||5R21CA218888-02 Interpret this number
||Medical College Of Wisconsin
||Every Day Counts: a Lifestyle Program for Women with Metastatic Breast Cancer
The community of women with metastatic breast cancer (MBC) is growing due to increases in incidence
and improved treatments for women diagnosed at earlier stages who relapse. Research that addresses this
burgeoning and underserved survivor group is needed. Breast cancer (BC) treatment is associated with adverse
body composition changes including increases in adiposity and decreases in lean body mass (LBM). These
changes contribute to insulin resistance and inflammation which are theorized to contribute to tumor progression.
Low levels of LBM are also associated with treatment side-effects and decreased cellular energy production due
to mitochondrial dysfuntion which lead to fatigue, symptom burden and compromised quality of life (QOL).
Lifestyle interventions with early stage BC survivors that promote positive changes in body composition changes
result in enhanced QOL, reduced fatigue, and improved biomarkers of BC prognosis. To date, women with MBC
have been largely excluded from these trials. Our formative work supports that women with MBC are interested
in and capable of participating in a lifestyle intervention trial. Thus, based on current cancer survivorship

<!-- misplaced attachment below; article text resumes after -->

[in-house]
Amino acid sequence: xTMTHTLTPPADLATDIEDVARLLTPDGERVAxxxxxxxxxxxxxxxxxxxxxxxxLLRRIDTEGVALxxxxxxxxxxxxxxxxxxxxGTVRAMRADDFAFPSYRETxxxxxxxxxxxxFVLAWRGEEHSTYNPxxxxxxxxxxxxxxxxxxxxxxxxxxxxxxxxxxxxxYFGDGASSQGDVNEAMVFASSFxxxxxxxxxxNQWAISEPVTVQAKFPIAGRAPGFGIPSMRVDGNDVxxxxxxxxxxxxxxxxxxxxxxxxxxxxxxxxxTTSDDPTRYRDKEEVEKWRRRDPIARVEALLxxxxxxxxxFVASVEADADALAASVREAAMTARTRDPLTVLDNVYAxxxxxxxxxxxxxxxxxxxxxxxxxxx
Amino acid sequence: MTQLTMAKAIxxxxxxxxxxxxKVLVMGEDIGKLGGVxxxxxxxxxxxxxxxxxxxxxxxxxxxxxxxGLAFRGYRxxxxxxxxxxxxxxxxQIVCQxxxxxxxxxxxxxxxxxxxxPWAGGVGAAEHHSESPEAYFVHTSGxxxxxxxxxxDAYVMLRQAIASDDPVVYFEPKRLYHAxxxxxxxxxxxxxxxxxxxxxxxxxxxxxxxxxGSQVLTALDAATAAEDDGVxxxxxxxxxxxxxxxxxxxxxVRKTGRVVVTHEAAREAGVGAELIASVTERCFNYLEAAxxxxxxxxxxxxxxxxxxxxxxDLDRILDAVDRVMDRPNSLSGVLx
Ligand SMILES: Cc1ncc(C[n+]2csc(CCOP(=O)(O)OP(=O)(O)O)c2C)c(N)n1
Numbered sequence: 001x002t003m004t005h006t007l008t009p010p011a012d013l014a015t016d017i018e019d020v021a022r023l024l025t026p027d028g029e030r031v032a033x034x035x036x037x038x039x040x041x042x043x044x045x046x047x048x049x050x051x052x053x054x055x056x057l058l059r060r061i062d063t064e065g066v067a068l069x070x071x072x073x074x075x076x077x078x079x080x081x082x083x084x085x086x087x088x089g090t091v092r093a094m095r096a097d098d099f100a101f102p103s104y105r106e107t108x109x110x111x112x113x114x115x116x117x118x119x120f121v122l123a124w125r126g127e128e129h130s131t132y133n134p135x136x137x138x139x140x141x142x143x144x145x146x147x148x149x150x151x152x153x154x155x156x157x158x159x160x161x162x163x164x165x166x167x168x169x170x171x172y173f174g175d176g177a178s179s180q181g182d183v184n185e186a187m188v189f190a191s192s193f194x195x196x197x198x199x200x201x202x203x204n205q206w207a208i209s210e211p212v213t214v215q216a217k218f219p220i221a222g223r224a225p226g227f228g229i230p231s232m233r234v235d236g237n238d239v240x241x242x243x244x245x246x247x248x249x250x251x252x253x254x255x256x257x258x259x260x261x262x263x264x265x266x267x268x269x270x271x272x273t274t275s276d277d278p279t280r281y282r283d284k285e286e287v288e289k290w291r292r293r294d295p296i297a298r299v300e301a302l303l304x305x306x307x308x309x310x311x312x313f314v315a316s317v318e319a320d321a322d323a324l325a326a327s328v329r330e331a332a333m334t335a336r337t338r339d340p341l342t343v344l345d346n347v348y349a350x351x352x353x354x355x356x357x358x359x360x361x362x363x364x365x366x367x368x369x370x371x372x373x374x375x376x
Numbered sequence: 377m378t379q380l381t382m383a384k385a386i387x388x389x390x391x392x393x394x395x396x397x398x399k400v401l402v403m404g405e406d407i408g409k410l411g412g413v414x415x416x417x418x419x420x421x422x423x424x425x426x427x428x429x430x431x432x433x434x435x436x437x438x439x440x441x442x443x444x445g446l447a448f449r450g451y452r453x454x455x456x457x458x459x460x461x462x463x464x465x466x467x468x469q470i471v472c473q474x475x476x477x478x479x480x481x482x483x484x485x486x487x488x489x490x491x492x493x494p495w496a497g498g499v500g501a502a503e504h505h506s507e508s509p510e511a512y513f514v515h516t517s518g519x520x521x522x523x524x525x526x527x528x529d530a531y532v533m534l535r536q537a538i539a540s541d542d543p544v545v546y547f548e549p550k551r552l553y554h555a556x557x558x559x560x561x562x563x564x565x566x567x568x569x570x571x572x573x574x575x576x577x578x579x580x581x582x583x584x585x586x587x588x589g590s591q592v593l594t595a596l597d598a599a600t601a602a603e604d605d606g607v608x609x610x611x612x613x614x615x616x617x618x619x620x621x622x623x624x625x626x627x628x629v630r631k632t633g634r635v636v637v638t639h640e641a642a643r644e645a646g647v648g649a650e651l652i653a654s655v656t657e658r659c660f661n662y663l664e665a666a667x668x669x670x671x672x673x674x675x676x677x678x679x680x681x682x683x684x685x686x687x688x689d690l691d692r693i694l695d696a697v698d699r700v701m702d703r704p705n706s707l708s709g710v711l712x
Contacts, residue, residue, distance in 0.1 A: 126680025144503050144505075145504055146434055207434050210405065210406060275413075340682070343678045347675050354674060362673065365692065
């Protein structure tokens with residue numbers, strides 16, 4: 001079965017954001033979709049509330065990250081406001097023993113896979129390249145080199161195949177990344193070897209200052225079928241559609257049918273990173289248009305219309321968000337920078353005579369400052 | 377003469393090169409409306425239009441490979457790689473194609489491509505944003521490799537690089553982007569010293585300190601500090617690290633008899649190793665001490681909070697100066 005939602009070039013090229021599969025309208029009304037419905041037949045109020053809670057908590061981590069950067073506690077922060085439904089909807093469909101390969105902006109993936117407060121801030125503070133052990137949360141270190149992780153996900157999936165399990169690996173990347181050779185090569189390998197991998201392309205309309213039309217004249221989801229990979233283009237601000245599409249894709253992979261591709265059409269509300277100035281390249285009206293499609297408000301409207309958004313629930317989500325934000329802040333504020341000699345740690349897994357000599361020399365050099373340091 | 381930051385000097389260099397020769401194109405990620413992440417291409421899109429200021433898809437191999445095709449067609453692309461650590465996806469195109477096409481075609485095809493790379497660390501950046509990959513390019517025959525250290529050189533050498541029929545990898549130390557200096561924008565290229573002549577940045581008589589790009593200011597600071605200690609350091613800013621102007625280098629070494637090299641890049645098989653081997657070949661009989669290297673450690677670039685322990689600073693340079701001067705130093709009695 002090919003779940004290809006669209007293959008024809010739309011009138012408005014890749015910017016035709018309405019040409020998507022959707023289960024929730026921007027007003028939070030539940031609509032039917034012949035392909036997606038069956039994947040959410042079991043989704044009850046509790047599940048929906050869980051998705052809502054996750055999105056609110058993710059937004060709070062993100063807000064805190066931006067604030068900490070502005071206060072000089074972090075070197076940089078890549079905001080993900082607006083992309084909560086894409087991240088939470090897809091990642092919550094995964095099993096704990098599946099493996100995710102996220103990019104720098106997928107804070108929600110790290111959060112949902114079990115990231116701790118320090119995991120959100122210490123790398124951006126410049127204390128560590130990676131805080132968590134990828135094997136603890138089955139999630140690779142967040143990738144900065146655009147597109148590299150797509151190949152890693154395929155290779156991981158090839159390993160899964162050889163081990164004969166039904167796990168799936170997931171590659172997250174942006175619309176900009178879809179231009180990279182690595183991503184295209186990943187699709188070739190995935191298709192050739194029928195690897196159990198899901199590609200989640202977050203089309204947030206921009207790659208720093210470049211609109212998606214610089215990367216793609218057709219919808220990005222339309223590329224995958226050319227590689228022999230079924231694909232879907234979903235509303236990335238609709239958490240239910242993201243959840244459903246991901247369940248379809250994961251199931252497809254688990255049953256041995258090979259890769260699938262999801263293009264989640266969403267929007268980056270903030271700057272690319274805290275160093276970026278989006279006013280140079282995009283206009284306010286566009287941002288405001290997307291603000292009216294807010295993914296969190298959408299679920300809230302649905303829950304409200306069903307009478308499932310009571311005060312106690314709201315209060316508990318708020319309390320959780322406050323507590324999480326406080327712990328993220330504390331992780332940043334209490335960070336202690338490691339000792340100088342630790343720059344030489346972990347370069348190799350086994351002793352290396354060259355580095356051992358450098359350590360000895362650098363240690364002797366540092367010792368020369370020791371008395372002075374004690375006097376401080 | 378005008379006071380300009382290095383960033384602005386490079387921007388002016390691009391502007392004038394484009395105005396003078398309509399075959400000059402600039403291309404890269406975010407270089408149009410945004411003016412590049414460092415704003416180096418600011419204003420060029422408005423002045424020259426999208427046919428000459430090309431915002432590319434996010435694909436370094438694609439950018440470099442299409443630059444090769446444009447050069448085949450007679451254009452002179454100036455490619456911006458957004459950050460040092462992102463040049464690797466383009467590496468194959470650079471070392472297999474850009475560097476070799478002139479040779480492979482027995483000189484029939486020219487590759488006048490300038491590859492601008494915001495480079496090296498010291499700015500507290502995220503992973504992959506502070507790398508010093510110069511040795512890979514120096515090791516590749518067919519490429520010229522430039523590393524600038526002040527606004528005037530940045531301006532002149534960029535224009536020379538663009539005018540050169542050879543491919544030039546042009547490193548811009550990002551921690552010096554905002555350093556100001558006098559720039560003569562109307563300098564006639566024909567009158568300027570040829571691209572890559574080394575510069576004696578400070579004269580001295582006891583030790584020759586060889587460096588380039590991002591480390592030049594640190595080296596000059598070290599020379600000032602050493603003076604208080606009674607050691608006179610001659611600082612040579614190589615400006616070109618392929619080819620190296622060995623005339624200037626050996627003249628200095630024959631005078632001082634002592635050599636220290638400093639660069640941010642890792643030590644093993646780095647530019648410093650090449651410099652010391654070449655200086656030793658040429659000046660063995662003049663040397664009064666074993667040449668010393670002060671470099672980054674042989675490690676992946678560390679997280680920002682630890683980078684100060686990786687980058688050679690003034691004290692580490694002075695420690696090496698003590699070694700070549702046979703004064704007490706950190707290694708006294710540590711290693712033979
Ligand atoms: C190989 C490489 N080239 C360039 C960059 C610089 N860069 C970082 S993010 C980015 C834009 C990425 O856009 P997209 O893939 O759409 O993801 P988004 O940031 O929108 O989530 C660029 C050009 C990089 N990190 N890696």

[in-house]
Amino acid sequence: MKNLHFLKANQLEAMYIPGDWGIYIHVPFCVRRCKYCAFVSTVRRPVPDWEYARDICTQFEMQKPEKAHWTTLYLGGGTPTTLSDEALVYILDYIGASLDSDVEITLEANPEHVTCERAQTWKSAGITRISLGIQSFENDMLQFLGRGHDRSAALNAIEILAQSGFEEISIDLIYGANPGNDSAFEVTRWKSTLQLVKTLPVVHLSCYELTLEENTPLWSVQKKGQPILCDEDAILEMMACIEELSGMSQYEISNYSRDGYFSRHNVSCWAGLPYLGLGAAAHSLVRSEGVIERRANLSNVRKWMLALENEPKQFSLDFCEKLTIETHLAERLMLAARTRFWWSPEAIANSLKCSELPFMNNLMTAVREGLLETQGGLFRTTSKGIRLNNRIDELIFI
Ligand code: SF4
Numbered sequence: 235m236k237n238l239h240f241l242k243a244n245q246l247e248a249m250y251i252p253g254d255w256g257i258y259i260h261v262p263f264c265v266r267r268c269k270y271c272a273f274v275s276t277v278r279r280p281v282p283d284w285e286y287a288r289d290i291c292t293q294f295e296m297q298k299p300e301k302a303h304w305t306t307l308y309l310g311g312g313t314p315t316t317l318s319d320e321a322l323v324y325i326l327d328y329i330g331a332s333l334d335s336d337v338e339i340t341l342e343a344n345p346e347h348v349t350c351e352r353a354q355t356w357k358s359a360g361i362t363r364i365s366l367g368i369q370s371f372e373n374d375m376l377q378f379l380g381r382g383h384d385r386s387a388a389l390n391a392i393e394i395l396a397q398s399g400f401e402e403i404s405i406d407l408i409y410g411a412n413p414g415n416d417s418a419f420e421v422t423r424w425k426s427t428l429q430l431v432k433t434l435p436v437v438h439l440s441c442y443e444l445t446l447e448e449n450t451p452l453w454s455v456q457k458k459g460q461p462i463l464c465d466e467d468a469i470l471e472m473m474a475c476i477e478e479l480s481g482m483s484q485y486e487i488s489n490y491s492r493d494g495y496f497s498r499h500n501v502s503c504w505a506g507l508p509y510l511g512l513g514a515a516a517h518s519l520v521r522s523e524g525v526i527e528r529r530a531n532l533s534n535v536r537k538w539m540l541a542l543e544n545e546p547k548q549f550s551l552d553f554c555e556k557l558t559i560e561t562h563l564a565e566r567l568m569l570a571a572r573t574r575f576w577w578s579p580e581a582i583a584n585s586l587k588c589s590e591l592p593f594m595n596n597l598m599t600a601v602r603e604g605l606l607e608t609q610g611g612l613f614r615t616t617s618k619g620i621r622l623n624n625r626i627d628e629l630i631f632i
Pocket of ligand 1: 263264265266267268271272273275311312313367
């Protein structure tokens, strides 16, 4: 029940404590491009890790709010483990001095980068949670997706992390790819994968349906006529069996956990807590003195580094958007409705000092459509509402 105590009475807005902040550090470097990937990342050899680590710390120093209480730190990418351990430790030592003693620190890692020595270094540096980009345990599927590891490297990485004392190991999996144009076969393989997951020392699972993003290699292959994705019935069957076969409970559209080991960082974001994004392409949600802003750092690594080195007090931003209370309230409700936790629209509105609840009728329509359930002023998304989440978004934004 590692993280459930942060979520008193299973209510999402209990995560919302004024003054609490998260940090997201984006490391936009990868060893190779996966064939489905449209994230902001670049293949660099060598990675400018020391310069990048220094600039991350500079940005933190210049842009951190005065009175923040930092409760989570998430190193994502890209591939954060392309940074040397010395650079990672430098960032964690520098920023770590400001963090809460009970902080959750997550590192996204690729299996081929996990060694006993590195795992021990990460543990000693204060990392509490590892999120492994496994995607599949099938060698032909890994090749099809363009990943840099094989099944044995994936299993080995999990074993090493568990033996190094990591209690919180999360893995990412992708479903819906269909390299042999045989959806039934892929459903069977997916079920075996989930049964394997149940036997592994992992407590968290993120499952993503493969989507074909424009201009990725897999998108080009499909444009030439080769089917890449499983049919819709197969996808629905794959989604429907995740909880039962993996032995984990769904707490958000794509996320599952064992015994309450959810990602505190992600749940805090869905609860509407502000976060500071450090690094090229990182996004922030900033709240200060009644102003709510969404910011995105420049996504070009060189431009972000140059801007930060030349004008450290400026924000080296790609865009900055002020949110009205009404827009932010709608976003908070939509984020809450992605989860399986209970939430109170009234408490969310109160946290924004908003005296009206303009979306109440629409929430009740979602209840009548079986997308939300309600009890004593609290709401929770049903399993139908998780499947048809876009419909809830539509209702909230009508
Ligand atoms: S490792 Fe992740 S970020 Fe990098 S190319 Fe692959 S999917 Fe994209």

guidelines, we propose a randomized pilot (n=40) in women with MBC to: (1) examine the feasibility and
acceptability of ?Every Day Counts? - a 12 week cognitive-behavioral lifestyle intervention; (2) examine the
impact of Every Day Counts on body composition changes and the associations with serum biomarkers of
prognosis and survival, and patient reported outcomes; and (3) explore the effect of the lifestyle intervention on
mitochondrial function and its association with symptom burden. Our multidisciplinary study applies an
innovative, highly integrated physiologic model to provide a biologic basis for the impact of lifestyle behaviors on
outcomes, integrating support and technology to promote intervention adherence. This study reflects ?a first step?
in a research trajectory to help discern how lifestyle behaviors influence quality of life, prognosis and help make
every day count for women with MBC.